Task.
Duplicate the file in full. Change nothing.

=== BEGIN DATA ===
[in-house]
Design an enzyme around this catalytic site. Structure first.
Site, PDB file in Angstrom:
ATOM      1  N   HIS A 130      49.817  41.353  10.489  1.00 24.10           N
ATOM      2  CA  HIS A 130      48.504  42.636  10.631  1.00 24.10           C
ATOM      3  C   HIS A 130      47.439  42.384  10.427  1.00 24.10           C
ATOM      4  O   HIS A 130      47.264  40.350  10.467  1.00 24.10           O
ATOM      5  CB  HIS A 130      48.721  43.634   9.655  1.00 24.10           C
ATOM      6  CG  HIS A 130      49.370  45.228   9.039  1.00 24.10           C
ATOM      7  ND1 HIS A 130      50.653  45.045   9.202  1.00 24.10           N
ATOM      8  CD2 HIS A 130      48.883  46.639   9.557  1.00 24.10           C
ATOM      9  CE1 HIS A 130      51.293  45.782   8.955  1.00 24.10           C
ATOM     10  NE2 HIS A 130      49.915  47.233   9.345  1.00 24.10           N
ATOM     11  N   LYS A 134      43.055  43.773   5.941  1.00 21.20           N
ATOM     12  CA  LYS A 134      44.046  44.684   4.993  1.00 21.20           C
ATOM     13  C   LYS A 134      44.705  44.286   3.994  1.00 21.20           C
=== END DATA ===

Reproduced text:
[in-house]
Design an enzyme around this catalytic site. Structure first.
Site, PDB file in Angstrom:
ATOM      1  N   HIS A 130      49.817  41.353  10.489  1.00 24.10           N
ATOM      2  CA  HIS A 130      48.504  42.636  10.631  1.00 24.10           C
ATOM      3  C   HIS A 130      47.439  42.384  10.427  1.00 24.10           C
ATOM      4  O   HIS A 130      47.264  40.350  10.467  1.00 24.10           O
ATOM      5  CB  HIS A 130      48.721  43.634   9.655  1.00 24.10           C
ATOM      6  CG  HIS A 130      49.370  45.228   9.039  1.00 24.10           C
ATOM      7  ND1 HIS A 130      50.653  45.045   9.202  1.00 24.10           N
ATOM      8  CD2 HIS A 130      48.883  46.639   9.557  1.00 24.10           C
ATOM      9  CE1 HIS A 130      51.293  45.782   8.955  1.00 24.10           C
ATOM     10  NE2 HIS A 130      49.915  47.233   9.345  1.00 24.10           N
ATOM     11  N   LYS A 134      43.055  43.773   5.941  1.00 21.20           N
ATOM     12  CA  LYS A 134      44.046  44.684   4.993  1.00 21.20           C
ATOM     13  C   LYS A 134      44.705  44.286   3.994  1.00 21.20           C